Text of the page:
Doors, Trim, Storage

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One ongoing project in the Design/Build Program is the building out of the B.E. & W.R. Miller BuildLab. To ‘practice what we preach’ we have periodically had classes that focus on building out parts of the building as schedule and time permits. This incremental work allows us to improve upon the building as we understand the best way to use it and address pressing needs of its program. Three projects greatly needed were the large entry doors to allow us to complete the louvered wall system and secure the building, the trimming out of the openings to prevent wind driven water from entering the building and finally the build out of the interiors of the containers with wood surfaces and cabinetry to allow us to organize and store tools.

While the scope of this work went well beyond the one day a week schedule of a typical seminar, we hoped at the very least to complete the large entry doors, and build enough of the other work to establish the method so we could finish the work at a later date. 

The entry doors required two, sixteen foot high by 4’-8” diagonally braced, out-swinging, louvered doors to match the adjacent bays of the same material and spacing. While the threaded rods and hardware were mostly off-the-shelf, a great deal of time went into the design and making of the aluminum plates to resolve the attachment of the threaded rods. These doors would ultimately become the access doors for trucks to enter, to load our projects for transport to the site. They are at once, functional, monumental and a very overt expression of what can be done in Design/Build.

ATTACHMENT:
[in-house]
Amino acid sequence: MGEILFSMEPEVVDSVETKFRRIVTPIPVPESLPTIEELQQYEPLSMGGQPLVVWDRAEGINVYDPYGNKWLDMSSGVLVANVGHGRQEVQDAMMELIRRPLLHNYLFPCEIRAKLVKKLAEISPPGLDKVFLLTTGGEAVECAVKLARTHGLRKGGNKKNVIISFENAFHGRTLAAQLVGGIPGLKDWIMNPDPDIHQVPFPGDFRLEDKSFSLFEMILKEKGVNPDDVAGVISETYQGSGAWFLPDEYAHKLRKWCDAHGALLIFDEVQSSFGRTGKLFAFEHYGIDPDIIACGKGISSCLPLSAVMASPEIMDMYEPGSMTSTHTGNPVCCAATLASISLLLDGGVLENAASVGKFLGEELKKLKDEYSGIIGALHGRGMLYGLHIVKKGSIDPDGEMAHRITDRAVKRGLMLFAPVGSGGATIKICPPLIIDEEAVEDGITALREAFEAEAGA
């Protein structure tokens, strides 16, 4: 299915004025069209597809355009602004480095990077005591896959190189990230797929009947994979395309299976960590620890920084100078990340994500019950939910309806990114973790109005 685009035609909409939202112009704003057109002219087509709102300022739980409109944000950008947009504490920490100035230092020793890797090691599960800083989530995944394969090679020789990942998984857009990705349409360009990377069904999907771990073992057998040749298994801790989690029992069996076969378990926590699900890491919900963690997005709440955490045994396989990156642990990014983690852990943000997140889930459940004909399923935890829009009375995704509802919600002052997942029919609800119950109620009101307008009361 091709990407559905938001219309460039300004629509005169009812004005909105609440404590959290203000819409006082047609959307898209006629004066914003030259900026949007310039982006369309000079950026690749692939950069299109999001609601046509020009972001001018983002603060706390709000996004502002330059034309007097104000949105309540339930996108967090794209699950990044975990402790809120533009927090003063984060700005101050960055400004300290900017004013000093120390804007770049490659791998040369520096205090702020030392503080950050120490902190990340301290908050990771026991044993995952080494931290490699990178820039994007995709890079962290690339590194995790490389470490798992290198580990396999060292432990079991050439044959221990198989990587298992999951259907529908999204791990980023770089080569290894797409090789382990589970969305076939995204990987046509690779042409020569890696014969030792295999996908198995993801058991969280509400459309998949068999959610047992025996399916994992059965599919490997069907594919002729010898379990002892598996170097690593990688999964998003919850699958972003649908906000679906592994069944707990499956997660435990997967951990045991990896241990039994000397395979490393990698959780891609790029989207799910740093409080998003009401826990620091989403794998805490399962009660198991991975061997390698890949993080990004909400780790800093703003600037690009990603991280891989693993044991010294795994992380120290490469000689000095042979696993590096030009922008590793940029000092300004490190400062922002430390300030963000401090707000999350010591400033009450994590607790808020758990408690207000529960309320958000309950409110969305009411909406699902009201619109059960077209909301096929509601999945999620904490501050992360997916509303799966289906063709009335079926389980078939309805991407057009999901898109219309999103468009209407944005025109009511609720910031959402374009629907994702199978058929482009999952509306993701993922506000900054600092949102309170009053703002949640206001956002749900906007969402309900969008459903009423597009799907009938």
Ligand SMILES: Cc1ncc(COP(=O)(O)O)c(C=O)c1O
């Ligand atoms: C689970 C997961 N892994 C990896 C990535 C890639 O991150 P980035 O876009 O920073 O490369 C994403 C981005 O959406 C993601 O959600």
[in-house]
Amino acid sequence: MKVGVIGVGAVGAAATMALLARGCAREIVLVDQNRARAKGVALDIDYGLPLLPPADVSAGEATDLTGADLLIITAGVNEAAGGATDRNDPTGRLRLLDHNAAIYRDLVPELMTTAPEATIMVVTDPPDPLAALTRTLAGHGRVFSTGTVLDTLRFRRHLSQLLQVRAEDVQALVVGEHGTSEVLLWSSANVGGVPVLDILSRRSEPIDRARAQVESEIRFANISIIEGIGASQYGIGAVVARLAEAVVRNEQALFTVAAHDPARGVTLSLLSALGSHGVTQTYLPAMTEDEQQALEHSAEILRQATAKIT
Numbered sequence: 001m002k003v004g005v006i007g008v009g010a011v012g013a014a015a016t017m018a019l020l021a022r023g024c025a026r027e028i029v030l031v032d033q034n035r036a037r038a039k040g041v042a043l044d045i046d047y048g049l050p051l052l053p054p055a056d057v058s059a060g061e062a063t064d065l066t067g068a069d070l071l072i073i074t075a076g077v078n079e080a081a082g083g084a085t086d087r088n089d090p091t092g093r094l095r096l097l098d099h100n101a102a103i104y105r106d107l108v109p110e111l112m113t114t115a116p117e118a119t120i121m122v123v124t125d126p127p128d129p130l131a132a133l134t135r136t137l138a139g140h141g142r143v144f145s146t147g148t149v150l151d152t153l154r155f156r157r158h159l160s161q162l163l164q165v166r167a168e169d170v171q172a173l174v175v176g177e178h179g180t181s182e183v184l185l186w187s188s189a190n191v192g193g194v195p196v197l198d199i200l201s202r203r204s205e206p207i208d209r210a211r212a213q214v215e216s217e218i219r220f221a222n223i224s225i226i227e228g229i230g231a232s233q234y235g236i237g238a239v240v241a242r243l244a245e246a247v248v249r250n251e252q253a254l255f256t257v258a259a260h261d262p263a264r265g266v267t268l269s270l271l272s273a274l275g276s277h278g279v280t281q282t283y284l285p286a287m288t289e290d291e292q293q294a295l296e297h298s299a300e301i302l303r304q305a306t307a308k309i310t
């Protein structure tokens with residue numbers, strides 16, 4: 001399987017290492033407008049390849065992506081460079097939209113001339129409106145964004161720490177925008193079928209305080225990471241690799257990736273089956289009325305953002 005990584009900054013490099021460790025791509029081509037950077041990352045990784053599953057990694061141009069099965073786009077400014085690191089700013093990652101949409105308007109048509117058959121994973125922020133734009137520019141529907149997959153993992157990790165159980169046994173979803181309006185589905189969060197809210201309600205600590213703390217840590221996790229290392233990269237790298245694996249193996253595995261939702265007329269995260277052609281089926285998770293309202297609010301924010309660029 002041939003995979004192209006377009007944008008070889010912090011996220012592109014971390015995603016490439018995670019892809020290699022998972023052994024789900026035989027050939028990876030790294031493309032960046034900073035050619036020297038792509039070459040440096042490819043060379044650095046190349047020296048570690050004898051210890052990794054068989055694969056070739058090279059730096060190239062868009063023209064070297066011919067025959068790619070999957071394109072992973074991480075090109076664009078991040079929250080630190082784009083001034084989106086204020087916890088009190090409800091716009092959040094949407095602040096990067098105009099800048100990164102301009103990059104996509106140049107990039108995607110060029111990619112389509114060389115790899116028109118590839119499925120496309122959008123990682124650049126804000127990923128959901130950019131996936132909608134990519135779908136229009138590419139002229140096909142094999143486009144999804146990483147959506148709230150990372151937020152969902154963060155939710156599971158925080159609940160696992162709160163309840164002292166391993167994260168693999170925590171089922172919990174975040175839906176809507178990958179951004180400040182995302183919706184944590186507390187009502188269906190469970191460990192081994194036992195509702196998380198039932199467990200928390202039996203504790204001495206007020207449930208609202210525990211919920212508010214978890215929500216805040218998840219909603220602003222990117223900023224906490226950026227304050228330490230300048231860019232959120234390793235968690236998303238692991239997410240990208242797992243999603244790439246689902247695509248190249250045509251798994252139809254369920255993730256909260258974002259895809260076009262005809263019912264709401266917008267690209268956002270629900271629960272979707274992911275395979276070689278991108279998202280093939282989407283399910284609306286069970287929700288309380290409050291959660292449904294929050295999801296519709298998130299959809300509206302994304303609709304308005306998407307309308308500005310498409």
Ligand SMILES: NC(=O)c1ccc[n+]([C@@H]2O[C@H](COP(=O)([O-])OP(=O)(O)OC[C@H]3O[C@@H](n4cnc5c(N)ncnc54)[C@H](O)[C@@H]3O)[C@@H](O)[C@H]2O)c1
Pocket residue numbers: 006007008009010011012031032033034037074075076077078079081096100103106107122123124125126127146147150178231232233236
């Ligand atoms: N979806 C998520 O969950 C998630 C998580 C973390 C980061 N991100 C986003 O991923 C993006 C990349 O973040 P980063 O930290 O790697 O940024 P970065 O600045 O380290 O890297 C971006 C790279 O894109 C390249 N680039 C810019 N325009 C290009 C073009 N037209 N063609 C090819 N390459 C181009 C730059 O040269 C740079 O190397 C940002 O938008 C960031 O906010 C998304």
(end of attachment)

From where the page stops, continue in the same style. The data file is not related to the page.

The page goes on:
Equal in the amount of work, though smaller in scale, was making and installing the Kebony trim for the louvered openings and creating the interiors of the containers. For the trim, a great deal of craft and skill was involved in scribing the boards to meet the irregular surfaces of the concrete openings. For the interiors, a unique framing system was devised to protect the integrity of the exterior shell by attachment only to the floor and the top of the container’s interior structural frame. The interior surfaces of the walls were made from a large pile of salvaged concrete formwork boards of Western Red Cedar (WRC). The unequal lengths and widths of these boards meant they needed to be separated according to size and quality, with twisted boards, or boards with excessive knots, culled from the pile. The boards were then scraped and cleaned with a wire brush to remove concrete, and eventually ripped to a uniform dimension. The wall’s rough and varied texture is in strong contrast to the container’s exterior, along with the ¾” birch veneer plywood cabinets made for tool storage and support. 

The work of the semester was as intense as any other and the final building is an expression of its function, having in its fabric, the thoughtful design and crafted construction of those who toiled there. Anyone who approaches the large doors, is first struck by their tremendous scale and craft and after a few moments, moves up to the louvers -- to try to get a peek at what goes on inside.

 

Client: University of Miami, School of Architecture

Students: Baraa Ageel, Abdul Allam, Mohammad Alsaeed, Isabel Alvarez, Juliana Char Garcia, Frances Gelbart, A.J. Guillen, Andrea Hernandez, Juan Ochoa-Echeverry, Mario Ostolaza, Xiangyu (Jack) Shao, Maria Angela Villada, Wei Wang, Junyong Wu, Bo Xuan

Faculty: Jim Adamson, Rocco Ceo

Teaching Assistants: Wei Wang, Bo Xuan